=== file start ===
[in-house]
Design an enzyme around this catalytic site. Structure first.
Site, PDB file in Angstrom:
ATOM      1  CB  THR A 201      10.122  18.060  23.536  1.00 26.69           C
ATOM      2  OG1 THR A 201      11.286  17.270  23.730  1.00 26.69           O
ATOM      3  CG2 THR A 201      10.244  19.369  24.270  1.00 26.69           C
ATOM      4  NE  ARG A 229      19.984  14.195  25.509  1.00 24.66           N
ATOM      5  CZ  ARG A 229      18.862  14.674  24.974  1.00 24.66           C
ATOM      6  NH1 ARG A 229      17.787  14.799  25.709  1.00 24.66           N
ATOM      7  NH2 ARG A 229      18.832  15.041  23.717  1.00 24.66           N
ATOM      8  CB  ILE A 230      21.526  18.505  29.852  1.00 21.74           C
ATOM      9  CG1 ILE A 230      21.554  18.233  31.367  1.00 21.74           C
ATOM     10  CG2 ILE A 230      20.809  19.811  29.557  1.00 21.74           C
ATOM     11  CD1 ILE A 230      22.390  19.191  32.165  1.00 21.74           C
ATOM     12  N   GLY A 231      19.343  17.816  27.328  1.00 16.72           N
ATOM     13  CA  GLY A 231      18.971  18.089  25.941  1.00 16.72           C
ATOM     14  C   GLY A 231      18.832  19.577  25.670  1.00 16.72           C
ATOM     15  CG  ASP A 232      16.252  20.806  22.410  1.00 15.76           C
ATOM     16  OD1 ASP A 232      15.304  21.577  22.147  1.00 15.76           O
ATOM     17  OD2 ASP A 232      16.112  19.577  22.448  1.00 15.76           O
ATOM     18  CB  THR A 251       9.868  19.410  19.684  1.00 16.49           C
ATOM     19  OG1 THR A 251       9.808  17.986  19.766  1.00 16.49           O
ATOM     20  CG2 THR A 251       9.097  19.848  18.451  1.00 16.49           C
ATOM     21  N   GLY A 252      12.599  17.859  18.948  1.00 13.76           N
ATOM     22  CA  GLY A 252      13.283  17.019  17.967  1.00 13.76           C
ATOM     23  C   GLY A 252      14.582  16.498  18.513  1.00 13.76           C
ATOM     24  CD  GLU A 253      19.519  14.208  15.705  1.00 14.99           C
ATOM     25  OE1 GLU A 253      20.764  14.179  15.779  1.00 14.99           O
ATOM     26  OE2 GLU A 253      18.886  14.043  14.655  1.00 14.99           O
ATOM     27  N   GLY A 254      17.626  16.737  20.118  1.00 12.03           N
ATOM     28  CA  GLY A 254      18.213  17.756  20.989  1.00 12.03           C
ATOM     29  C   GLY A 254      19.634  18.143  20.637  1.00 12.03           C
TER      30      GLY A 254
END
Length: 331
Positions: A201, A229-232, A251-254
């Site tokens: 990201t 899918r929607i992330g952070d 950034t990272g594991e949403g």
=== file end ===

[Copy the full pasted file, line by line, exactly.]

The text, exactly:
[in-house]
Design an enzyme around this catalytic site. Structure first.
Site, PDB file in Angstrom:
ATOM      1  CB  THR A 201      10.122  18.060  23.536  1.00 26.69           C
ATOM      2  OG1 THR A 201      11.286  17.270  23.730  1.00 26.69           O
ATOM      3  CG2 THR A 201      10.244  19.369  24.270  1.00 26.69           C
ATOM      4  NE  ARG A 229      19.984  14.195  25.509  1.00 24.66           N
ATOM      5  CZ  ARG A 229      18.862  14.674  24.974  1.00 24.66           C
ATOM      6  NH1 ARG A 229      17.787  14.799  25.709  1.00 24.66           N
ATOM      7  NH2 ARG A 229      18.832  15.041  23.717  1.00 24.66           N
ATOM      8  CB  ILE A 230      21.526  18.505  29.852  1.00 21.74           C
ATOM      9  CG1 ILE A 230      21.554  18.233  31.367  1.00 21.74           C
ATOM     10  CG2 ILE A 230      20.809  19.811  29.557  1.00 21.74           C
ATOM     11  CD1 ILE A 230      22.390  19.191  32.165  1.00 21.74           C
ATOM     12  N   GLY A 231      19.343  17.816  27.328  1.00 16.72           N
ATOM     13  CA  GLY A 231      18.971  18.089  25.941  1.00 16.72           C
ATOM     14  C   GLY A 231      18.832  19.577  25.670  1.00 16.72           C
ATOM     15  CG  ASP A 232      16.252  20.806  22.410  1.00 15.76           C
ATOM     16  OD1 ASP A 232      15.304  21.577  22.147  1.00 15.76           O
ATOM     17  OD2 ASP A 232      16.112  19.577  22.448  1.00 15.76           O
ATOM     18  CB  THR A 251       9.868  19.410  19.684  1.00 16.49           C
ATOM     19  OG1 THR A 251       9.808  17.986  19.766  1.00 16.49           O
ATOM     20  CG2 THR A 251       9.097  19.848  18.451  1.00 16.49           C
ATOM     21  N   GLY A 252      12.599  17.859  18.948  1.00 13.76           N
ATOM     22  CA  GLY A 252      13.283  17.019  17.967  1.00 13.76           C
ATOM     23  C   GLY A 252      14.582  16.498  18.513  1.00 13.76           C
ATOM     24  CD  GLU A 253      19.519  14.208  15.705  1.00 14.99           C
ATOM     25  OE1 GLU A 253      20.764  14.179  15.779  1.00 14.99           O
ATOM     26  OE2 GLU A 253      18.886  14.043  14.655  1.00 14.99           O
ATOM     27  N   GLY A 254      17.626  16.737  20.118  1.00 12.03           N
ATOM     28  CA  GLY A 254      18.213  17.756  20.989  1.00 12.03           C
ATOM     29  C   GLY A 254      19.634  18.143  20.637  1.00 12.03           C
TER      30      GLY A 254
END
Length: 331
Positions: A201, A229-232, A251-254
């Site tokens: 990201t 899918r929607i992330g952070d 950034t990272g594991e949403g």